Most Probable Birth Month

July 14, 2016

(This article was first published on R – Exegetic Analytics, and kindly contributed to R-bloggers)

In a previous post I showed that the data from support Malcolm Gladwell’s contention that more professional baseball players are born in August than any other month. Although this might be explained by the 31 July cutoff for admission to baseball leagues, it was suggested that it could also be linked to a larger proportion of babies being born in August.

In order to explore this idea I gathered data from for births in the USA between 1994 and 2014. These data as well as the baseball data have been published as a R package here. Install using

> devtools::install_github("DataWookie/lifespan")
> library(lifespan)

Let’s explore the hypothesis regarding non-uniform birth months.

> library(dplyr)
> group_by(births, month) %>% summarise(count = sum(count))
Source: local data frame [12 x 2]

    month   count
   (fctr)   (int)
1     Jan 6906798
2     Feb 6448725
3     Mar 7080880
4     Apr 6788266
5     May 7112239
6     Jun 7059986
7     Jul 7461489
8     Aug 7552007
9     Sep 7365904
10    Oct 7220646
11    Nov 6813037
12    Dec 7079453

There is definitely significant non-uniformity:

> chisq.test(.Last.value$count)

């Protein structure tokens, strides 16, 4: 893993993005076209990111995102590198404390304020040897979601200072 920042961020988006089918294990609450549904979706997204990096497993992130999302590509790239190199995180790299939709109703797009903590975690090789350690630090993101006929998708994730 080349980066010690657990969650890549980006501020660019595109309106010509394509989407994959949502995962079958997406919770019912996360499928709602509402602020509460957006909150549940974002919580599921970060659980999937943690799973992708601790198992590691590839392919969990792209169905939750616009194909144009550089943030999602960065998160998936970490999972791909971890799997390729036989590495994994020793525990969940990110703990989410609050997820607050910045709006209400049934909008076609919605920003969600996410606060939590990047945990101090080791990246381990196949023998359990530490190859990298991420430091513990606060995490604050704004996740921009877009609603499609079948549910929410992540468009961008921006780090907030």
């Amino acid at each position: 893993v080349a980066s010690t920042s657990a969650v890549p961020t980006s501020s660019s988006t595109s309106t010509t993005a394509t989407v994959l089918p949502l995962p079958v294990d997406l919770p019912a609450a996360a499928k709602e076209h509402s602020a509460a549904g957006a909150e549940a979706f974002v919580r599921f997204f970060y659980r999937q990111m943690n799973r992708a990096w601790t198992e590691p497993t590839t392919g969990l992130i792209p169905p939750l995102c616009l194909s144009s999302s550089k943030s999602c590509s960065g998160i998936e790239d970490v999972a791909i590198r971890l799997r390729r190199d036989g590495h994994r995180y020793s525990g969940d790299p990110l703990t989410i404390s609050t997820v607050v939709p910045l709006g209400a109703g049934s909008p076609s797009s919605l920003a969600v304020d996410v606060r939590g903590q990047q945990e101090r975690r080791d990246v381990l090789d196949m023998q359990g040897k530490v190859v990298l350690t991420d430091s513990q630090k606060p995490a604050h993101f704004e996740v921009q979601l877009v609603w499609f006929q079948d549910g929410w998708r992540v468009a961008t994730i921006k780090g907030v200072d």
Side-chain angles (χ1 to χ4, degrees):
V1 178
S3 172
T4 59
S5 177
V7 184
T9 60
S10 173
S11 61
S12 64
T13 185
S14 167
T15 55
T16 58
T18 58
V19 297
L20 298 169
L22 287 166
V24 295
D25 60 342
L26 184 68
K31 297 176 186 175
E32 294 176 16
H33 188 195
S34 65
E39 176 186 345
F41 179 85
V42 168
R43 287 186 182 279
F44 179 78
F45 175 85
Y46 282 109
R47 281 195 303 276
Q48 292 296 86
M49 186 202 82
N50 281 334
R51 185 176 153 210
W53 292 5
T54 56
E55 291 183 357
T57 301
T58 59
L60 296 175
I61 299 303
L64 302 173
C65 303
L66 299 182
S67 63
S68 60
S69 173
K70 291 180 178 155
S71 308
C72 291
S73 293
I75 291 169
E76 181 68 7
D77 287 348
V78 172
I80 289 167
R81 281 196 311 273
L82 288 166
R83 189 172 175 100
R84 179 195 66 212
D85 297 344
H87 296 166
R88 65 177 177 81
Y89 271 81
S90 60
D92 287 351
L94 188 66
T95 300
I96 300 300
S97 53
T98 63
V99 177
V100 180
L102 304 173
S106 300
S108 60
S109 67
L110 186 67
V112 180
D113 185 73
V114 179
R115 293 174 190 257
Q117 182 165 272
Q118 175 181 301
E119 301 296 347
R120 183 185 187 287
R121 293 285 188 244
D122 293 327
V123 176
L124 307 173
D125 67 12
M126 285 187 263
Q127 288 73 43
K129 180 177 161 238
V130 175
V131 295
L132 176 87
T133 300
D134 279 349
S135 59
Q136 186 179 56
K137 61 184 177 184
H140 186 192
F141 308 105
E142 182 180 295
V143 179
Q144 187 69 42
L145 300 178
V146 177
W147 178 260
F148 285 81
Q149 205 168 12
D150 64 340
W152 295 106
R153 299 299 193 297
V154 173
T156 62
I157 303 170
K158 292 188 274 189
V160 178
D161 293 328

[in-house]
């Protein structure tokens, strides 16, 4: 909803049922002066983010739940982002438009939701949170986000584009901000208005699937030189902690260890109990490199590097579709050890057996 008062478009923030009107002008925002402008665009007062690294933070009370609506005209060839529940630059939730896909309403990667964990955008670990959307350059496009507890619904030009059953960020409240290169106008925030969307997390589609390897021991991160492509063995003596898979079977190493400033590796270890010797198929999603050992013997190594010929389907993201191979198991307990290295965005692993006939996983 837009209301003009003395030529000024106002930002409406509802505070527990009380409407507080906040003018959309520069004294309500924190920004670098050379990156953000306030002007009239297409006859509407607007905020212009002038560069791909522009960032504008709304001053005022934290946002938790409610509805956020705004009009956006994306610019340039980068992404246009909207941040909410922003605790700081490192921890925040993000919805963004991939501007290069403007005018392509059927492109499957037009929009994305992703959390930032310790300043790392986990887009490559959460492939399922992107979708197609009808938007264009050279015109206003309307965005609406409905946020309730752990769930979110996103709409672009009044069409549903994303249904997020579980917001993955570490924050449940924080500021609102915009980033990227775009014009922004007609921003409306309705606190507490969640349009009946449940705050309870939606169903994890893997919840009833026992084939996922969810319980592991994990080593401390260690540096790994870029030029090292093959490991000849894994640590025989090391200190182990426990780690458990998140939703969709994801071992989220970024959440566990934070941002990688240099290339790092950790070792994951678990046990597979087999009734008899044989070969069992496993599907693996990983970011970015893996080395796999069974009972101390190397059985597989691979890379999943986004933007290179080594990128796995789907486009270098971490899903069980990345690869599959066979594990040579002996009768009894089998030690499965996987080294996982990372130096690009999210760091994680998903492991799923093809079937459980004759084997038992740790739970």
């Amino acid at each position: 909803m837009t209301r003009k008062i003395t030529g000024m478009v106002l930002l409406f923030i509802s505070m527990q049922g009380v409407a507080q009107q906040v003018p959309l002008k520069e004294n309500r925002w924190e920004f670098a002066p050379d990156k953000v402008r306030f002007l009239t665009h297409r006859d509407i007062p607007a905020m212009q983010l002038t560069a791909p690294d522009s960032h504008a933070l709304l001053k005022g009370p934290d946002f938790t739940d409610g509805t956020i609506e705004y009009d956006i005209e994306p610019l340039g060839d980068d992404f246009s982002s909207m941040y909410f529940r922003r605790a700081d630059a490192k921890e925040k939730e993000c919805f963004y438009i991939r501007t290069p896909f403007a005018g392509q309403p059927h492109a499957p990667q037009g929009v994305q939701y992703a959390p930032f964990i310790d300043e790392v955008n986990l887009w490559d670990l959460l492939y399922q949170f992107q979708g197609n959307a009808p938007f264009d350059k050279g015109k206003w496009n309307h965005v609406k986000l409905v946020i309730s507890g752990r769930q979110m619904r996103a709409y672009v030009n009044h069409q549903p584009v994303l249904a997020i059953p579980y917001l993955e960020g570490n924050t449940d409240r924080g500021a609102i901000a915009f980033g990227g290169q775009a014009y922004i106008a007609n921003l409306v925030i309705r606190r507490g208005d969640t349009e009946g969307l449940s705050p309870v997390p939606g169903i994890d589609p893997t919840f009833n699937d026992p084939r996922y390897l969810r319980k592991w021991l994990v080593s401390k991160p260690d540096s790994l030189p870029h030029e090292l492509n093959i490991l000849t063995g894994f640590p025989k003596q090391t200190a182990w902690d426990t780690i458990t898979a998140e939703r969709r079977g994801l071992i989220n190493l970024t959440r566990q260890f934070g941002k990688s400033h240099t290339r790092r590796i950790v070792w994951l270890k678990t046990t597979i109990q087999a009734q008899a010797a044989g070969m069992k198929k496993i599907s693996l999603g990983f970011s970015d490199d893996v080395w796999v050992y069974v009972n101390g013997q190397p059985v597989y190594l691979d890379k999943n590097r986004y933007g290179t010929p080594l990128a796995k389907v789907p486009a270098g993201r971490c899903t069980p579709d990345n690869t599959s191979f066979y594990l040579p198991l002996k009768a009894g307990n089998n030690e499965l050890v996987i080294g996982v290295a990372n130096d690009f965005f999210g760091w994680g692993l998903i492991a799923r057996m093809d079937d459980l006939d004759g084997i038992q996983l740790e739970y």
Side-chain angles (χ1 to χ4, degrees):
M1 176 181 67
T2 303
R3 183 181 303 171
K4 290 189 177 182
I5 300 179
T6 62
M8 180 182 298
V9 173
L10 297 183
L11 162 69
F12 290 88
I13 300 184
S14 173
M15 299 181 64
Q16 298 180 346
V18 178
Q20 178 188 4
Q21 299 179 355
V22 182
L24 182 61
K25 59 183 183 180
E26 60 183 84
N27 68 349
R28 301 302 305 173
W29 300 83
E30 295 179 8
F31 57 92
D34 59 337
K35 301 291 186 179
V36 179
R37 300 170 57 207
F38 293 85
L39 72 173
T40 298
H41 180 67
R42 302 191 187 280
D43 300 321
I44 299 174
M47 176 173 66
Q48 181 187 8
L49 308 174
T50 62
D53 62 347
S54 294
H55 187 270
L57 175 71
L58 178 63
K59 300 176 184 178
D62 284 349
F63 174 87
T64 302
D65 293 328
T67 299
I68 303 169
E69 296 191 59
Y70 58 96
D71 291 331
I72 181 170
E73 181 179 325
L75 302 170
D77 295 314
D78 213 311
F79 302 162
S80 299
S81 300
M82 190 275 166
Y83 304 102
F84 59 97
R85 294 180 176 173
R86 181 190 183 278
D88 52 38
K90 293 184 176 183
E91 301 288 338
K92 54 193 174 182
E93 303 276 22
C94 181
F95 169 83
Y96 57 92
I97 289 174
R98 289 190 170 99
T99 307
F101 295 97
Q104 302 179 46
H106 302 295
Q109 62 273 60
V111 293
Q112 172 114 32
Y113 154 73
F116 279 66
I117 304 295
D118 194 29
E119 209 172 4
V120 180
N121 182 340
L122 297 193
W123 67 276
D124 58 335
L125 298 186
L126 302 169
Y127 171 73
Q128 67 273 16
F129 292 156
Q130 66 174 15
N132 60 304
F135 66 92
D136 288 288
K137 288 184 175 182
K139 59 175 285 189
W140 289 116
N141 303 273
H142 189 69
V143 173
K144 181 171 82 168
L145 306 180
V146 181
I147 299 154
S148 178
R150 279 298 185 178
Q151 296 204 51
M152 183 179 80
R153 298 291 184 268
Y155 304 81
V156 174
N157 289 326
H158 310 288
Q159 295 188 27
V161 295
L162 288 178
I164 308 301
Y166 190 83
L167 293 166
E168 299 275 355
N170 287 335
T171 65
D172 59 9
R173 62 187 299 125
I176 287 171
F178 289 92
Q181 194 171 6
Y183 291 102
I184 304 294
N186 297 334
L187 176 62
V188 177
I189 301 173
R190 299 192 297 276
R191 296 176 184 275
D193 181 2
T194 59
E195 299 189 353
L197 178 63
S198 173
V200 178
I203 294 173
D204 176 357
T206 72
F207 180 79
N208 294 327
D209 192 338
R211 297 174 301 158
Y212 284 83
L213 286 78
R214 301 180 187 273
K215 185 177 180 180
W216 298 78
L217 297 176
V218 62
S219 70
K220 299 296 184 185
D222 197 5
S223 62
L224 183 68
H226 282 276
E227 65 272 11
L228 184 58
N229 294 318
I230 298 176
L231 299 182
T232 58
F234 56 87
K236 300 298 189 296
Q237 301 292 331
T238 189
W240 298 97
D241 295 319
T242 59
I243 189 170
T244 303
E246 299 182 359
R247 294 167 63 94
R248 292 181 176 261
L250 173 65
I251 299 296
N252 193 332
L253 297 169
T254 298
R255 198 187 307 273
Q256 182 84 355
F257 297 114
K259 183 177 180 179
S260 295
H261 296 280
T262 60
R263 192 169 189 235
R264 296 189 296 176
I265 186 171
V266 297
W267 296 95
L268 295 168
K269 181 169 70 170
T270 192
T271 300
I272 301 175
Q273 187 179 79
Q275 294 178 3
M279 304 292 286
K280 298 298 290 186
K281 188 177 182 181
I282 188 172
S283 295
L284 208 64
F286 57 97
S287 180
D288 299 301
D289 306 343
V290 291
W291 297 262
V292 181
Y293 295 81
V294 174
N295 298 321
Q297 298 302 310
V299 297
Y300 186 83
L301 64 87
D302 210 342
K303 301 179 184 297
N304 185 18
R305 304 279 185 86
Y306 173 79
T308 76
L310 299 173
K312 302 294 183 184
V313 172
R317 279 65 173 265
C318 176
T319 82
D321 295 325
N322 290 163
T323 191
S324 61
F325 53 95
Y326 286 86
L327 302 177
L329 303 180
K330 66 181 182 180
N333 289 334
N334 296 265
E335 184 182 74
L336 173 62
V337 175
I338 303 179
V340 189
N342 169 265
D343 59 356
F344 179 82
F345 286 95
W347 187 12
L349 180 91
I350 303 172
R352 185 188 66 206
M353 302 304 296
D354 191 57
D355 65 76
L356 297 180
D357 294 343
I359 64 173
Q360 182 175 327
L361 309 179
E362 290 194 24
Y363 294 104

Chi-squared test for given probabilities

data:  .Last.value$count
X-squared = 149000, df = 11, p-value <2e-16

We can dig into that a little deeper and see the total number of births between 1994 and 2014 broken down by month. The aggregate for August is certainly higher than any other month, but only marginally larger than that for July.
Delving still deeper we find that the monthly counts exhibit significant variation from year to year and that August has some appreciable outliers.
Specifically, August in 2006 and 2007 appear to have been bumper births months. Interesting!

> group_by(births, year, month) %>% summarise(count = sum(count)) %>% ungroup() %>%
+   arrange(desc(count))
Source: local data frame [252 x 3]

    year  month  count
   (int) (fctr)  (int)
1   2007    Aug 391117
2   2006    Aug 388481
3   2007    Jul 380356
4   2008    Jul 376105
5   2006    Sep 375389
6   2008    Aug 374028
7   2007    Oct 370069
8   2005    Aug 370045
9   2009    Jul 369117
10  2008    Sep 368660
..   ...    ...    ...

Of course, a peak in overall births in August does not mean that there’s a direct causative link to the peak in professional baseball players’ births. But the contribution cannot be ignored.

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